Many of the user interface design principles you have learned concerning feedback also extend to designing ecommerce Web sites. A few extra considerations shown in this section can give your Web interface designs improved functionality.
Soliciting Feedback from Ecommerce Web Site Customers
Not only do you need to give users feedback about what is happening with an order, but you need to elicit feedback as well. Most ecommerce Web sites have a Feedback button. There are two standard ways to design what users will experience when they click on the Feedback button.
The first way is to launch the user’s email program with the email address of the company’s contact automatically entered into the To: field. This method prevents typing errors and facilitates ease in contacting the organization. The user does not need to leave the site to communicate with it. These messages, however, raise expectations that they will be answered just as regular mail or phone calls are. Research indicates that 60 percent of organizations with this type of email contact feature on their sites do not have anyone assigned to reply to the email messages received.
Thus, the business is losing valuable feedback, allowing customers to harbor the impression that they are communicating, and engendering ill will when no response is received. If you design this type of feedback opportunity, you also need to design procedures for the organization to reply to email from the Web site. Some designers handle this problem by creating systems to automatically return an email reply, which generates a unique case or incident number, provides further instructions on how to proceed (hyperlinks to FAQ pages perhaps), or offers phone numbers to help lines that are unavailable to the general public.
The second type of design for garnering feedback from customers using an ecommerce Web site is to take users to a blank message template when they click on Feedback. Some Web creation tools permit you to create and insert a feedback form into your site easily. This form might begin with a header that states “Company X Feedback” and then “You can use the form below to send suggestions, comments, and questions about the X site to our Customer Service team.”
Fields can include First Name, Last Name, Email Address, Regarding (a subject field that supplies a drop-down menu of the company’s product or service selections, asking the user to “Please make a selection”), an “Enter Your Message Here:” section (a free-form space where users can type in their message), and the standard Submit and Clear buttons at the bottom of the form. Using this type of form permits the analyst to have the user data already formatted correctly for storage in a database. Consequently, it makes the data entered into a feedback form easier to analyze in the aggregate.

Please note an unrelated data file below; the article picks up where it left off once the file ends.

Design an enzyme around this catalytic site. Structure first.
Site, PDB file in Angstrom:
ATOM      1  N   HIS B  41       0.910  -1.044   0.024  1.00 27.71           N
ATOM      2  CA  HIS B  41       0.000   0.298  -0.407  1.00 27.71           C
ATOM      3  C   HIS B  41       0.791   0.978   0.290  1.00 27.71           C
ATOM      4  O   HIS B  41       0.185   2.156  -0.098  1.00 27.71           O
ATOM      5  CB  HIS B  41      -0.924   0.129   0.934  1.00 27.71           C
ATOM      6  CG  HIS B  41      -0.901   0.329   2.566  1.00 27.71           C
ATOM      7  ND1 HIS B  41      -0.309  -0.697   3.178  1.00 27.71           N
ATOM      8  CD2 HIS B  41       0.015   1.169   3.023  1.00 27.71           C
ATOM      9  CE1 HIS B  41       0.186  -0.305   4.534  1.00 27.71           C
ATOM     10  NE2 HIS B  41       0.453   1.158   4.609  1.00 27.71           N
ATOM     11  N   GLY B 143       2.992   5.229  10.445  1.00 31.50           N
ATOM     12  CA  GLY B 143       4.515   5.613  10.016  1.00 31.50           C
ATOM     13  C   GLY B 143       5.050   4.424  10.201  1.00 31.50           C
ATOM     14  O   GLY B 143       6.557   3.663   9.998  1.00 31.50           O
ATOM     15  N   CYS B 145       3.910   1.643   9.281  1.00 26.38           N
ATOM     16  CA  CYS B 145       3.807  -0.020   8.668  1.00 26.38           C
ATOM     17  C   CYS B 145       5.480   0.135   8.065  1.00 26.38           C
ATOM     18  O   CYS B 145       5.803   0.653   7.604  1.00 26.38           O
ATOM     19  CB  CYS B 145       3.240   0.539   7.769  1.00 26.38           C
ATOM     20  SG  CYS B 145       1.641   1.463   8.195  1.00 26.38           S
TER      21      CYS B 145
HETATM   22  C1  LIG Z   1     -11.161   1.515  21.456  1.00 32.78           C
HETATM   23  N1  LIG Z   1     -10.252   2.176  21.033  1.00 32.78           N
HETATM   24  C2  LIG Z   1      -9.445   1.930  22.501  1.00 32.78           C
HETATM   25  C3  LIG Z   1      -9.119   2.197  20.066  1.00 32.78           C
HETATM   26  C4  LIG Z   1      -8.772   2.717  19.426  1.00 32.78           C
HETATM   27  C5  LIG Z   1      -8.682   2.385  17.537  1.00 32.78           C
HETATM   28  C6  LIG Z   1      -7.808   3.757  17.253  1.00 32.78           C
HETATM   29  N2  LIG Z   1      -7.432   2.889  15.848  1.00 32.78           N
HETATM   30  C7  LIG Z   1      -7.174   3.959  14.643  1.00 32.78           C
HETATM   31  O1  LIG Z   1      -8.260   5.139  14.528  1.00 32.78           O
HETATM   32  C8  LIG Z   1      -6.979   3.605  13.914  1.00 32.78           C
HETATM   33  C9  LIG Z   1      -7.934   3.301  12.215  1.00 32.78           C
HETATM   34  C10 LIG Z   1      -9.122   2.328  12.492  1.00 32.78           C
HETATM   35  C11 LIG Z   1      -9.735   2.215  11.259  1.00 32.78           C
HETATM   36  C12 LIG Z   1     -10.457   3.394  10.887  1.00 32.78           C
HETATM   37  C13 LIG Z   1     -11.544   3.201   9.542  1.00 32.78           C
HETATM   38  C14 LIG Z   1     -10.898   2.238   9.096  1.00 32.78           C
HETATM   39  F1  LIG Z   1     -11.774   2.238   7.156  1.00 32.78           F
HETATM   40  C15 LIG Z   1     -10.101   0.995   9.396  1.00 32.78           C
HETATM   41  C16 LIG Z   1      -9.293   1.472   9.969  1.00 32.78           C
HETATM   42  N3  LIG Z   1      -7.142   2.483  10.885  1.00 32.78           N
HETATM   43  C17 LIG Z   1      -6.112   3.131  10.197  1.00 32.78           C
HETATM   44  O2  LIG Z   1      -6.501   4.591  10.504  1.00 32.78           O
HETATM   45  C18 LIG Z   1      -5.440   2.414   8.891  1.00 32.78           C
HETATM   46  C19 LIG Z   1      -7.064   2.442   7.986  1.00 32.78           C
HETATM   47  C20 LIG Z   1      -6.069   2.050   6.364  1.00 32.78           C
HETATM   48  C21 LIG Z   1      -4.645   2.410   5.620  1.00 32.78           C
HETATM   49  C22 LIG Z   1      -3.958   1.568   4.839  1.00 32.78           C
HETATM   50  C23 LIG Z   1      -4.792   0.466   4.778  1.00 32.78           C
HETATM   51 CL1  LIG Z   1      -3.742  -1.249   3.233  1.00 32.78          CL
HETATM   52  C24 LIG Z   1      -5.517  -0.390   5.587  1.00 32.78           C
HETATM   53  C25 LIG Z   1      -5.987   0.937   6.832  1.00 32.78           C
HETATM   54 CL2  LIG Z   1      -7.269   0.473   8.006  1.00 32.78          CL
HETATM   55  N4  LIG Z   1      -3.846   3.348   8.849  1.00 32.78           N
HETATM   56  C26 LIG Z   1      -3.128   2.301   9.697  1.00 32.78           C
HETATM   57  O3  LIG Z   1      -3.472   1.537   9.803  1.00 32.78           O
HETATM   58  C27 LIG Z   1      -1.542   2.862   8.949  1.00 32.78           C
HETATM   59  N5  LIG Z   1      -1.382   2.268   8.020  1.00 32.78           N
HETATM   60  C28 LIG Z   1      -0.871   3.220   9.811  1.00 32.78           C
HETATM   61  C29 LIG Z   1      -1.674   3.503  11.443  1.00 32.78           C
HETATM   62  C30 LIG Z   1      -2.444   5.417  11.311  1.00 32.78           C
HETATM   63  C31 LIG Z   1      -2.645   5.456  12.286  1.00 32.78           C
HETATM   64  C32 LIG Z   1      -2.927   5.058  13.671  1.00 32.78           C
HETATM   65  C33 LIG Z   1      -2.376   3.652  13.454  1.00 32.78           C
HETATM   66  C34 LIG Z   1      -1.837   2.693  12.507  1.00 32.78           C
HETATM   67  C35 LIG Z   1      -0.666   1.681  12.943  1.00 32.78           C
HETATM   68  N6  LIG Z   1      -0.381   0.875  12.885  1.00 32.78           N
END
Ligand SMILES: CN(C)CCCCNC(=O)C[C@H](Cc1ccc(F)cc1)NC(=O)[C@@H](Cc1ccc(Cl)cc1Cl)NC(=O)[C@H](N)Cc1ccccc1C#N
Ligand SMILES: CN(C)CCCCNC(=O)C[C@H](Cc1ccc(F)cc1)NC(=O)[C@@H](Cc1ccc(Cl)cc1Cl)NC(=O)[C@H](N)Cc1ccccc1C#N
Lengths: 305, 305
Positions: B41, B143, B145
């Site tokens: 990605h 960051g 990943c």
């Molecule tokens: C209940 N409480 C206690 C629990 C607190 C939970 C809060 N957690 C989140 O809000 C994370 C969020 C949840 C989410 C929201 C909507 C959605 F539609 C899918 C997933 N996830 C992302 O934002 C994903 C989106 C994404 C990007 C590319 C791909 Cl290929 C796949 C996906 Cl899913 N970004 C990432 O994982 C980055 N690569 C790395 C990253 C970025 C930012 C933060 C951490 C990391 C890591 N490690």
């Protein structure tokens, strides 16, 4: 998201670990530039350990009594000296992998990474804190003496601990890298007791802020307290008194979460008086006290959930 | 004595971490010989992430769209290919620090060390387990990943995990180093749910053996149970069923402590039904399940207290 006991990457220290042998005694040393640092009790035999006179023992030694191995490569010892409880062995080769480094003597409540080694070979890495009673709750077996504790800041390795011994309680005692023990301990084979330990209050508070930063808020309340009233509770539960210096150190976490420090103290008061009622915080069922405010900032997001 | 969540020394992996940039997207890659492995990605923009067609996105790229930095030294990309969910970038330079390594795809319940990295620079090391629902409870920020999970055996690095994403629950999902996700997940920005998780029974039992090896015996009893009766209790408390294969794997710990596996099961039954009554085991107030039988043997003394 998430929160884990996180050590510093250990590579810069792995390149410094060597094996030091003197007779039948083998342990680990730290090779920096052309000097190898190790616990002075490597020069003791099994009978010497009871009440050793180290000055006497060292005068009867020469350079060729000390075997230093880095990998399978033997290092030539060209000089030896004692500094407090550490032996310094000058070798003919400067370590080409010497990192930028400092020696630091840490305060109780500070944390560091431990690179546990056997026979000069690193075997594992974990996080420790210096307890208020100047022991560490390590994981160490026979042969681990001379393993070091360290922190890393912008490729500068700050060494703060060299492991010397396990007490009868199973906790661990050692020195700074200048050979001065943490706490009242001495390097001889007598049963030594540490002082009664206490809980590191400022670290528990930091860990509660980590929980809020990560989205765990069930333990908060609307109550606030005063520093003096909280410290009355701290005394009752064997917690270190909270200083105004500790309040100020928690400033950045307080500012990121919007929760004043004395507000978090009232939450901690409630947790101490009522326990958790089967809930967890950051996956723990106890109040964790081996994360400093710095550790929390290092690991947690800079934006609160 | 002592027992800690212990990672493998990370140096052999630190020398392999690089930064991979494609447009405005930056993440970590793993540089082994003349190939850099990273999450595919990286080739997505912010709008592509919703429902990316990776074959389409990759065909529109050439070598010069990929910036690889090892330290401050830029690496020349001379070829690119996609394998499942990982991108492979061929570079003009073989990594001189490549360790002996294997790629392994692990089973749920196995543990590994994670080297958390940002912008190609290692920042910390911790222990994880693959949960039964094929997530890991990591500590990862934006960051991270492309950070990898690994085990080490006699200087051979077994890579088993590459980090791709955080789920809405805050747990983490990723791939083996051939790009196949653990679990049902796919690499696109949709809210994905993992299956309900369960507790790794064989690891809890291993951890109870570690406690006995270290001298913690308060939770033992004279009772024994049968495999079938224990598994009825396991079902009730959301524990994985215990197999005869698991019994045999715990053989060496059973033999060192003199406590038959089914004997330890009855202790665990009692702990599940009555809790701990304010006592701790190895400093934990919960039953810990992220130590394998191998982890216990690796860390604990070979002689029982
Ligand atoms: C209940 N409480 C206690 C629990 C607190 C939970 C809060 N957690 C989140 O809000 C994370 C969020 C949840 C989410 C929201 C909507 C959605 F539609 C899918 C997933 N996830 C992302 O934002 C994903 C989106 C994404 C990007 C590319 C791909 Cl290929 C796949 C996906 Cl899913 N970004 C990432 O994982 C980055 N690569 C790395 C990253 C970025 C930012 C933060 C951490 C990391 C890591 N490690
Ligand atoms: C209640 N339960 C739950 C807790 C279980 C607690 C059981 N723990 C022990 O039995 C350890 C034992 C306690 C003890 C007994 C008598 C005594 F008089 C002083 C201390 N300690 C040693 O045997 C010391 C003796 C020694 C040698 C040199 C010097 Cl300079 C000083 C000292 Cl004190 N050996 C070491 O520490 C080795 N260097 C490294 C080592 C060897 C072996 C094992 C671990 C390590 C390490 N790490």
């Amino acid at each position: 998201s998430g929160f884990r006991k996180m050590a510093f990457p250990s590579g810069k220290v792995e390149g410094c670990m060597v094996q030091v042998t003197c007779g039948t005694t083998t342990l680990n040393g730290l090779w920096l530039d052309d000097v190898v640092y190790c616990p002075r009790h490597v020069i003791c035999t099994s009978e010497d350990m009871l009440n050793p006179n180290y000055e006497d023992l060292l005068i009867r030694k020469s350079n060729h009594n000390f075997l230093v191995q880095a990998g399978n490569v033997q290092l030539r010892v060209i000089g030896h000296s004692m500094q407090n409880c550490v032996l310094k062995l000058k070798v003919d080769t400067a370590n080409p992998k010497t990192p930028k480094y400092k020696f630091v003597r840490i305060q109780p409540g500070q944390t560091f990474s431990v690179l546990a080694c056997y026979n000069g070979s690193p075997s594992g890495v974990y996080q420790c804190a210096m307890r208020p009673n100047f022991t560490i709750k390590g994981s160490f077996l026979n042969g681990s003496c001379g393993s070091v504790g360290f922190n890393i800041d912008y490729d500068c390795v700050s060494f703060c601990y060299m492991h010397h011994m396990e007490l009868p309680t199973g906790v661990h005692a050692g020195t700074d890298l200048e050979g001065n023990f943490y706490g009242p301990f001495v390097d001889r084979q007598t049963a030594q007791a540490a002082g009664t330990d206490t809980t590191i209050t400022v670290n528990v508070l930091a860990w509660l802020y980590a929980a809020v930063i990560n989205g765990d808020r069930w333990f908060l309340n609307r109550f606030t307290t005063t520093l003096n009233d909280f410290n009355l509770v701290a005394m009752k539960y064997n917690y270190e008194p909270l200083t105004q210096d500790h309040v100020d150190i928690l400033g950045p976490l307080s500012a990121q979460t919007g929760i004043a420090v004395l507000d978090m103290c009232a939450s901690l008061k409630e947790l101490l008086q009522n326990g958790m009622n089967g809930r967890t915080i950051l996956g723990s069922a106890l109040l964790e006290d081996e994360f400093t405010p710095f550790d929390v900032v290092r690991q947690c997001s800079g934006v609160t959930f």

Thus, the analyst does more than just design a response to individual email. The analyst helps the organization capture, store, process, and analyze valuable customer information in a manner that makes it more likely that the company will be capable of spotting important trends in customer response, rather than simply reacting to individual queries.
Easy Navigation for Ecommerce Web Sites
Many authors speak of what is known as “intuitive navigation” for ecommerce Web sites. Users need to know how to navigate the site without having to learn a new interface and without having to explore every inch of the Web site before they can find what they want. The standard for this type of navigational approach is called one-click navigation.
There are four ways to design easy, one-click navigation for an ecommerce site: (1) creating a rollover menu, (2) building a collection of hierarchical links so that the home page becomes an outline of the key topic headings associated with the Web site, (3) placing a site map on the home page and emphasizing the link to it (this would also be placed on every other page on the site), and (4) placing a navigational bar on every inside page (usually at the top or on the left side of the page) that repeats the categories used on the entry screen.